The other day I posted an article about the Risks of AirBnB and Home Sharing. In that same category falls ride-sharing apps.
Uber, Lyft and other ride-sharing services can make it easy to get a quick car ride or make some extra income, and they’re only becoming more popular. In fact, in the cities where these platforms are available, taxi ridership has declined anywhere from 10 to 30 percent. However, the convenience of ride-sharing isn’t without risks.
Most ride-sharing businesses are in the early stages of development, and the popularity, risk management and compliance issues they’re facing are all in uncharted territory.
How the Apps Work
Each ride-sharing service has its differences, but they all operate under the same basic concept. Almost anyone can be a driver for these services, but each one has different minimum standards for screening drivers and their vehicles. Passengers can then see available drivers and make a request for a ride through an app on their smartphones.
Most apps display the driver’s route and estimated time of arrival, in addition to the driver’s name, photo and vehicle information. The ride-sharing service then takes a cut of the fare, typically between 20 to 25 percent, for each ride a driver completes.
These apps are convenient for passengers who need a ride and for drivers looking to supplement their income. Still, they’re not without flaws. For example, it can be hard to determine what regulations or local laws each service and its drivers need to follow, what insurance coverages apply to them and who is considered liable in the event of an accident.
When Insurance Kicks In
Since ride-sharing drivers use their vehicles for both business and personal purposes, the ride-sharing services have to clarify when drivers are covered by different types of insurance.
When a driver is not accepting rides, his or her personal auto insurance is the primary coverage. When the driver turns the app on, but has not yet accepted a ride, ride-sharing services generally offer contingent liability coverage if the driver’s personal auto insurance does not offer protection. When a passenger is picked up, the service’s policy is the primary policy until the end of the ride.
Unlike taxis, which are regulated on a city-by-city basis and have to follow specific guidelines, ride-sharing services haven’t had to adhere to the same strict regulations. However, this is beginning to change—some states are enacting laws to set standards and insurance requirements for ride-sharing. Additionally, upcoming court decisions will help determine who will be held liable for ride-sharing accidents in the future.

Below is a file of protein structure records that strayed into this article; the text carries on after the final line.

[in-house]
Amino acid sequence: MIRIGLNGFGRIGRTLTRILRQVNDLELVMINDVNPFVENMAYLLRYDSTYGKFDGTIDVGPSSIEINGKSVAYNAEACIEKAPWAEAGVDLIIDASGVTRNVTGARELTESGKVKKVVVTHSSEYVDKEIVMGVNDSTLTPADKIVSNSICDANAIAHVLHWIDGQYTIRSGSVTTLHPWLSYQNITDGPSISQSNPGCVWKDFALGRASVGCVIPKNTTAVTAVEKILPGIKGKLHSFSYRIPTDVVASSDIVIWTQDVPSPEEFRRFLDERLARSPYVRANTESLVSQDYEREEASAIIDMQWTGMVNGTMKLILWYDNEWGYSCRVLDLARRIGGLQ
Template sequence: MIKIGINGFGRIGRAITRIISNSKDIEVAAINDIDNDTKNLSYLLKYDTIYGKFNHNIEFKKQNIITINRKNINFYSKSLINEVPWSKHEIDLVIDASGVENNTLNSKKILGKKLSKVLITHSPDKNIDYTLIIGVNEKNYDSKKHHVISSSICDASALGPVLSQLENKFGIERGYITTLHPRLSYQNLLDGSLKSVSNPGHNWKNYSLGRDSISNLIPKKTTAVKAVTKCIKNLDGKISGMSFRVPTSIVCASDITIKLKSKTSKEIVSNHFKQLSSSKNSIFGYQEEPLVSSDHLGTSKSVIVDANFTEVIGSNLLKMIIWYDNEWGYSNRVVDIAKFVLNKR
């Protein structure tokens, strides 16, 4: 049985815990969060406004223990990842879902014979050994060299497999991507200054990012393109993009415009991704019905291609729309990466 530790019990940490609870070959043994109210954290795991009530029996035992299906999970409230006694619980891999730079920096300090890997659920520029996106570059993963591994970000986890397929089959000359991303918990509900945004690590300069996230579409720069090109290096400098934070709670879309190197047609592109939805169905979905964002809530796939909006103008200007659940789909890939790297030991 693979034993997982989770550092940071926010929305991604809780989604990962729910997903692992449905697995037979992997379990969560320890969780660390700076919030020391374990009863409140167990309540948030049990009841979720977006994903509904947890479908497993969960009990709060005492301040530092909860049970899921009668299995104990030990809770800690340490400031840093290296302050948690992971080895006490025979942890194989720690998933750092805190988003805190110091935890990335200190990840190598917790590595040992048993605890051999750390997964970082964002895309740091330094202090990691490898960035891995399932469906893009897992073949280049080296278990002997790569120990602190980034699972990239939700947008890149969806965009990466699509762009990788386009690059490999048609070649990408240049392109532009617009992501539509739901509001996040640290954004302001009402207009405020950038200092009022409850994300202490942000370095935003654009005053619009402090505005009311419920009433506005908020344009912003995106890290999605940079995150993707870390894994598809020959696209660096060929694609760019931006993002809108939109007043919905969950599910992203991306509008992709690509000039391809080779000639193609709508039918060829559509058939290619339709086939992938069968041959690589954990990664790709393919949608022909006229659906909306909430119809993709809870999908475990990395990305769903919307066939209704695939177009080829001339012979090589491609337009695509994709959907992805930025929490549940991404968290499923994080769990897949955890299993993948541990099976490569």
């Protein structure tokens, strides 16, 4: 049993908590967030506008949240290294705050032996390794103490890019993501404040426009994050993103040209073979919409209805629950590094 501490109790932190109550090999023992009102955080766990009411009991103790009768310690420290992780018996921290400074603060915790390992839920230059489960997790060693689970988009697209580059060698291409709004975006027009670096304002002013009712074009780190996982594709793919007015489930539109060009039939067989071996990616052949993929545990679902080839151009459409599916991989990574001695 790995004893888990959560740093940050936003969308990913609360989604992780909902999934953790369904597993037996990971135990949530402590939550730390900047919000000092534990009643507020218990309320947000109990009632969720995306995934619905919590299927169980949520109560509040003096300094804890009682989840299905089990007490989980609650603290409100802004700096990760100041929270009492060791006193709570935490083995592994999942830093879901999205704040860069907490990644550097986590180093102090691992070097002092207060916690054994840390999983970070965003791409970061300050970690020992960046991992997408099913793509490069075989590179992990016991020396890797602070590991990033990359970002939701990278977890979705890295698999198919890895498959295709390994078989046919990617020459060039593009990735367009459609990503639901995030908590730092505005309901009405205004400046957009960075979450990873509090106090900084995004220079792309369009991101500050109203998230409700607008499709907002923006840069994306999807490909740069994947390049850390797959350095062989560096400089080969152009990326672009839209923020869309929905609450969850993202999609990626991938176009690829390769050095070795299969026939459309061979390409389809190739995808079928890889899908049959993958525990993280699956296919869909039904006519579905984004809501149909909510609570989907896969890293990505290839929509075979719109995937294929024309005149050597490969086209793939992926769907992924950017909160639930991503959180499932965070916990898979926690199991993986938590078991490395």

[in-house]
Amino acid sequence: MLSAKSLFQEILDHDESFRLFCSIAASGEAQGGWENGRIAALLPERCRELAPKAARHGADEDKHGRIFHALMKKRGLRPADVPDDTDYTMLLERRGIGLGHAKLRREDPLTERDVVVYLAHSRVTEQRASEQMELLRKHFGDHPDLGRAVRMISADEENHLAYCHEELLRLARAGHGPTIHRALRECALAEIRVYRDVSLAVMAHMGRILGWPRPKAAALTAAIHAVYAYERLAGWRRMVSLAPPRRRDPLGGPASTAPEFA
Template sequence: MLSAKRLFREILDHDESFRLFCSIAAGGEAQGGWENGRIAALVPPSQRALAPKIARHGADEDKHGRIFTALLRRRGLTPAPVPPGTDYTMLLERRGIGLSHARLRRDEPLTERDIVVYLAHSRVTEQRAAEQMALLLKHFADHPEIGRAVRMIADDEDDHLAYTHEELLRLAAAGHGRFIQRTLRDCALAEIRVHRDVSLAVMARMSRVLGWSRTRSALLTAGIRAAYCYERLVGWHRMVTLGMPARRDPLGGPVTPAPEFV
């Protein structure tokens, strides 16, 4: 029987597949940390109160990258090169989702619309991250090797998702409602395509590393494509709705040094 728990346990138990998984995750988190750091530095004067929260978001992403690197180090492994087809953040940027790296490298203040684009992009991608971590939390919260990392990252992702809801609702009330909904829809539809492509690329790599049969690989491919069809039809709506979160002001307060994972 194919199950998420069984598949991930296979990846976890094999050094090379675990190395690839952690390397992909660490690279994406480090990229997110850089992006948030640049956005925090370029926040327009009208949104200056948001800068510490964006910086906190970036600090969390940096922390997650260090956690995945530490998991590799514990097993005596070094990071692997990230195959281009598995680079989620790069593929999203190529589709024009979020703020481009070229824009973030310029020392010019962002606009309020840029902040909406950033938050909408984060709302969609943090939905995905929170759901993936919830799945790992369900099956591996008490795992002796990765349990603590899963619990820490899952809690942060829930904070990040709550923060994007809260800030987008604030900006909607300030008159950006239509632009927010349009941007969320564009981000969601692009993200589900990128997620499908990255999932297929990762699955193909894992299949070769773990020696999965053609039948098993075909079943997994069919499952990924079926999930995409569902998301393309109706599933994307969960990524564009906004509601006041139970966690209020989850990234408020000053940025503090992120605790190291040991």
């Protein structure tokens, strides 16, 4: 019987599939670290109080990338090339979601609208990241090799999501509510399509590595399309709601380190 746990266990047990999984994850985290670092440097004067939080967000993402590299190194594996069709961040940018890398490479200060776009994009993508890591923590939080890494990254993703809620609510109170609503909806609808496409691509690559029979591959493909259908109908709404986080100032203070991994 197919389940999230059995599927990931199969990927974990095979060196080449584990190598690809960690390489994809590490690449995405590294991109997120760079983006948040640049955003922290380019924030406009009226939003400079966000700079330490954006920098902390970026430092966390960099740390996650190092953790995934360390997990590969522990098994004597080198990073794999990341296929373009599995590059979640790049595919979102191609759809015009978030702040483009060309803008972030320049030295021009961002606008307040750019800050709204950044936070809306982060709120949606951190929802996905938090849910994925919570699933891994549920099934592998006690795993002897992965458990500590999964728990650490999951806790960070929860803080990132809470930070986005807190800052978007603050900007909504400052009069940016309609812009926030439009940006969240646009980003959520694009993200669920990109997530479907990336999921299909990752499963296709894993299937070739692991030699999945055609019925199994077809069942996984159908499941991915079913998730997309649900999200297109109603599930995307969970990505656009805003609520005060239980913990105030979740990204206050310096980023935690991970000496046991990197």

Some ride-sharing companies provide liability insurance for their drivers in excess of their personal liability coverage. However, this doesn’t mean that drivers have insurance coverage for all of their risks.
Drivers can be dropped by their insurance company if they engage in a commercial activity on a personal auto policy. As a result, drivers need to be honest about how they intend to use their vehicles when they obtain insurance. If a driver fails to indicate the intention to drive for commercial purposes, the insurer could not only deny claims, but also drop the driver from the policy entirely. However, some insurers have created hybrid policies that allow drivers to switch between personal and commercial coverage.
When a passenger gets into a car arranged by a ride-sharing app, he or she automatically agrees to a number of terms and conditions. If the driver gets into an accident and the passenger is hurt, there’s no guarantee that the driver’s insurance company or the ride-sharing service will pay for damages.
For example, a driver’s personal insurance company may decide that he or she was driving for profit and, for that reason, isn’t required to pay any medical bills. The passenger would then need to take the driver to court for damages, which can be a costly and time-consuming process. On the other hand, passengers can approach taxi companies directly regarding liability and other safety issues.
Safety is also a concern for both drivers and passengers. A driver never knows the type of person about to get into the back seat. Likewise, a passenger only knows how reliable a driver is from the information a ride-sharing service shares about the driver on its app.
Tips for Passengers
Using a ride-sharing app is generally a safe and reliable method of transportation, but there are safety risks to consider. Keep these safety tips in mind when using ride-sharing services:
- Share your trip details with a friend or family member in case a ride goes unexpectedly. Some apps allow you to share your route and driver information.
- Before you get in the car, check that the driver’s photo, name and license plate match what’s listed on the app. Never enter a car with a driver who offers you a ride and claims to be with a ride-sharing service.
- Never share any personal information that the driver doesn’t need to complete the ride. This includes phone numbers, as ride-sharing apps typically anonymize their passengers’ phone numbers to protect their privacy.
- Always wear your seat belt. If the car you’re riding in doesn’t have one or appears to be unsafe, instruct your driver to pull over and cancel the ride.
- Report any unsafe driving on the ride-sharing app immediately.
While ride-sharing services evolve to meet the safety needs of drivers and passengers, insurance companies are taking different approaches to claims. Contact us at (219) 879-4581 to discuss your auto insurance coverage and make sure you’re always protected.
This article was adapted from Zywave. The information provided is not intended to be exhaustive, nor should it be construed as advice regarding coverage. Readers should contact an insurance professional for appropriate advice concerning their needs.